Bullman, 761 A.2d at 571 (quoting Restatement (Second) of Torts, § 496D, cmt. c.).
In Barrett v. Fredavid Builders, Inc., 685 A.2d 129 (Pa. Super. 1996), the plaintiff was injured while performing insulation work at a construction site:
On the day of the incident, [the plaintiff] proceeded to lot number sixteen to install insulation. When he went into the garage, he observed the vinyl siding, exterior foam board insulation, sheet rock, and plywood. Mr. Barrett cleared a path around the perimeter of the garage so that he could install the insulating materials. He put on his stilts, which are two feet high, and when he almost had completed insulating the garage, he slipped and fell on a small piece of exterior foam board insulation and vinyl siding.
Id. at 130. The trial court granted summary judgment to the defendants on the basis of assumption of the risk, and this Court reversed. Id. at 129-30. This Court observed that there are two components to the doctrine of assumption of the risk: "[t]he risk must be perceived, and the risk must be faced voluntarily." Id. at 131 (emphasis added). In Barrett,
the deposition . . . did not establish that [the plaintiff] perceived the specific risk involved and proceeded voluntarily to face that risk. [The plaintiff] did not see the piece of vinyl siding insulation which caused him to fall. He stated that he was looking up at his insulation work when the accident occurred. Furthermore, [the plaintiff] took the time to clear a path for himself prior to starting his job. In fact, his actions in cleaning up a path for himself establish that he did not proceed in the face of a known risk. From his deposition, it is clear that [the plaintiff] thought that he was preventing an accident by clearing a path.
Id. (emphasis added, italics in original).
Likewise, in this case, Mr. Longwell's deposition indicates that he knew that the drop-off posed a threat. Deposition of James Longwell, 4/19/2011, at 145. However, he could not see the drop-off, and was mistaken as to where the drop-off was located that night. Id. at 34- 35. Specifically, Mr. Longwell stated that he thought he left a "margin of safety" between himself and the drop-off, but that he was wrong. Id. If anything, Mr. Longwell's testimony indicates that he subjectively saw himself as avoiding harm, and not voluntarily encountering a known risk. Therefore, we find that even under assumption of risk principles, the Longwells have produced sufficient evidence to support a finding that there are disputed questions of material fact that must be resolved by a jury.
However, we reach a different conclusion with regard to whether a duty was owed to Mr. Longwell by C.J. Long.
One who on behalf of the possessor of land erects a structure or creates any other condition thereon is subject to liability to others upon or outside of the land for physical harm caused to them by the dangerous character of the structure or condition after his work has been accepted by the possessor, under the same rules as those determining the liability of one who as manufacturer or independent contractor makes a chattel for the use of others.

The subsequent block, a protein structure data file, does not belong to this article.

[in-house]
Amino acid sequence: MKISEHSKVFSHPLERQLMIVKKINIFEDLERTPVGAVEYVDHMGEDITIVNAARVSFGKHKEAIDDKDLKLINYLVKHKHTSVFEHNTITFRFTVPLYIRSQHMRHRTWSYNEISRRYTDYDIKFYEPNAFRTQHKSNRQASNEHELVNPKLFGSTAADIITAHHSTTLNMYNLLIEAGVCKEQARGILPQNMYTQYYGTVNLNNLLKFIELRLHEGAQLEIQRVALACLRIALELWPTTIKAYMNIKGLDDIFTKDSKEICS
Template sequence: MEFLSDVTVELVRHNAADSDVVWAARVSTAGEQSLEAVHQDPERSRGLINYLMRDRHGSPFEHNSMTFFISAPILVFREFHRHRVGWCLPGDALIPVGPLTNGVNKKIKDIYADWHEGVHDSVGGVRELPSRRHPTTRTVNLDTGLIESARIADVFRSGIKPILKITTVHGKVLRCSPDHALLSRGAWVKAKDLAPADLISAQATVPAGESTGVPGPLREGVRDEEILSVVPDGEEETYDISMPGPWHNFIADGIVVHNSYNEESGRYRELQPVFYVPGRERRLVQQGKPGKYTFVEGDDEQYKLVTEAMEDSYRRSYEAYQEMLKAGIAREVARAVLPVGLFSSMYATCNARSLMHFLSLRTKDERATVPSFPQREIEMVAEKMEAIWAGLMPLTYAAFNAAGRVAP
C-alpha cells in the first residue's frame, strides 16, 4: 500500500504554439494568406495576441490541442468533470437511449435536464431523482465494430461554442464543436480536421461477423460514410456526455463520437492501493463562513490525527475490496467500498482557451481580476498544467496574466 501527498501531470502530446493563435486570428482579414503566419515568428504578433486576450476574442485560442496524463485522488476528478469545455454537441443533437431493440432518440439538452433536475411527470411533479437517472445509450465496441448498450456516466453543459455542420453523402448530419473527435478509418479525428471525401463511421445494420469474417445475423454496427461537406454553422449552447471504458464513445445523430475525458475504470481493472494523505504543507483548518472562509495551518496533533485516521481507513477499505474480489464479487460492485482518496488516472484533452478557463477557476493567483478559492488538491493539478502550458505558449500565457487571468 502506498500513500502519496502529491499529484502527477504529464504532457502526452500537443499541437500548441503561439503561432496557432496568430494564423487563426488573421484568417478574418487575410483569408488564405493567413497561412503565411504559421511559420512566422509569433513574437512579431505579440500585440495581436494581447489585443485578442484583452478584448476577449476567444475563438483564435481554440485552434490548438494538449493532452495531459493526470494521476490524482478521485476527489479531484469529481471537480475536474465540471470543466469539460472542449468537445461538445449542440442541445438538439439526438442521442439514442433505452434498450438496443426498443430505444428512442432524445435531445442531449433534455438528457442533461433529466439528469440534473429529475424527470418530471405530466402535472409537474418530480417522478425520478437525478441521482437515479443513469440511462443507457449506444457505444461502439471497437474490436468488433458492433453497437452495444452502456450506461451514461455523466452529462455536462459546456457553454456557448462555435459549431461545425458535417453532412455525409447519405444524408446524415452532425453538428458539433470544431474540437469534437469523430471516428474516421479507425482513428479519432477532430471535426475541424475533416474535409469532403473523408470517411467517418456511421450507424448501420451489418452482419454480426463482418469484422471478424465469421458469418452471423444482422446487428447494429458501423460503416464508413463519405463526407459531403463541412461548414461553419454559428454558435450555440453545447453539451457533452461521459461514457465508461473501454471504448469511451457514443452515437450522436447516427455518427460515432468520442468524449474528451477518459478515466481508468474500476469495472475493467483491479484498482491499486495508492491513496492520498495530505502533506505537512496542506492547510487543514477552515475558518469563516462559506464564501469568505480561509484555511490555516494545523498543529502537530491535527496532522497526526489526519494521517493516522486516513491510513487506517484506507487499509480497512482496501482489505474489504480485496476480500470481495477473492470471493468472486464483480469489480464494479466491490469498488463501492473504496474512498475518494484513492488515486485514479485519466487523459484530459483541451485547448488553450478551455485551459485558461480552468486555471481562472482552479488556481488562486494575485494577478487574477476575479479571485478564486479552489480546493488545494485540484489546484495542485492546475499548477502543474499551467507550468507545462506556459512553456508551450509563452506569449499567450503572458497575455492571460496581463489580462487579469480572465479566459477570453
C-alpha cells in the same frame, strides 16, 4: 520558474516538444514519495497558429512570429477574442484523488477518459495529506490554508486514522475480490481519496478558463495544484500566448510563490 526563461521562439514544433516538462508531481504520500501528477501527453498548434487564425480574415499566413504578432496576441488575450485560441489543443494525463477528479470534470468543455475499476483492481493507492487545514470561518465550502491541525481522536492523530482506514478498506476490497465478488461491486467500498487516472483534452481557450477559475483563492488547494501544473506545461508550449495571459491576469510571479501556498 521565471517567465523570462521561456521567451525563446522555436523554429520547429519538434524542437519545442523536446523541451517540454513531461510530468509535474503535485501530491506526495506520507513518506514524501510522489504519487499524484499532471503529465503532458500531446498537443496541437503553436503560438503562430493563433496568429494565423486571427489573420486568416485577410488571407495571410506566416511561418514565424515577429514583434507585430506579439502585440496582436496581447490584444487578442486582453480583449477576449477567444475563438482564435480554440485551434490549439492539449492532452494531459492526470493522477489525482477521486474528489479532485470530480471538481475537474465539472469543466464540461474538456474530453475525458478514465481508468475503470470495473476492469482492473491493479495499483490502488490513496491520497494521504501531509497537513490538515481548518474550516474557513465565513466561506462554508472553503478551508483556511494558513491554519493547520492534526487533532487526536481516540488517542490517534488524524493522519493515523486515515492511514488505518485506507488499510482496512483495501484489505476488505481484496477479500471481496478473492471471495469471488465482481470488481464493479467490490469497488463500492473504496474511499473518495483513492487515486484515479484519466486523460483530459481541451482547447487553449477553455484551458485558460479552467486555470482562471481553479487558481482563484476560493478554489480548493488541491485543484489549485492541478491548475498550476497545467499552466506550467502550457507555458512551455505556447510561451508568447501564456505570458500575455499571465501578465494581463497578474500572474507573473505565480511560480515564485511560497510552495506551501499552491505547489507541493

Gresik v. PA Partners, L.P., 989 A.2d 344, 348 (Pa. Super. 2009),
affirmed on other grounds, Gresik v. PA Partners, L.P., 33 A.3d 594 (Pa. 2011) (quoting Restatement (Second) of Torts § 385).
As the liability of a servant or an independent contractor who erects a structure upon land or otherwise changes its physical condition is determined by the same rules as those which determine the liability of a manufacturer of a chattel, it follows that such a servant or contractor who turns over the land with knowledge that his work has made it dangerous in a manner unlikely to be discovered by the possessor is subject to liability both to the possessor, and to those who come upon the land with the consent of the possessor or who are likely to be in its vicinity.
Id. at 350 (quoting Restatement (Second) of Torts § 385 cmt. c.) (emphasis added). In Gresik, this Court analyzed section 385 of the Restatement (Second) of Torts in the context of a tragic accident at a steel mill. This Court applied comment c. to section 385, and expressly declined to follow the Pennsylvania Commonwealth Court's reasoning in Gilbert v. Consolidated Rail Corp., 623 A.2d 873, 875 (Pa. Cmwlth. 1993), which held that "comment (c) provides for potential liability to third persons and the possessor of the property when the condition may be considered a latent defect." Id. at 350. Instead, this Court embraced the interpretation urged by the dissent in Gilbert, and held that "as a precondition for establishing liability under Section 385, a plaintiff must show that the danger was one unlikely to be discovered by the possessor or those who come upon the land with the possessor's consent." Id. at 350-51. Our Supreme Court affirmed this decision on other grounds, and never reached the question of how to interpret the relevant language of comment c. to section 385. Gresik, 33 A.3d at 600.
Applying our reasoning in Gresik to the instant case, it cannot be said that C.J. Long made the area of the drop-off dangerous in a way that the Giordanos were unlikely to discover. The Longwells have made no argument to this effect, and indeed, point out that Mr. Giordano was apparently aware that there was a drop-off, both before and after C.J. Long was hired to add an additional coating of blacktop. Longwells' Brief at 5-6. Accordingly, we find that the trial court did not err in holding that C.J. Long owed no duty to the Longwells and affirm the order of the trial court granting summary judgment in favor of C.J. Long.
Order reversed in part and affirmed in part. Case remanded for further proceedings consistent with this opinion. Jurisdiction relinquished.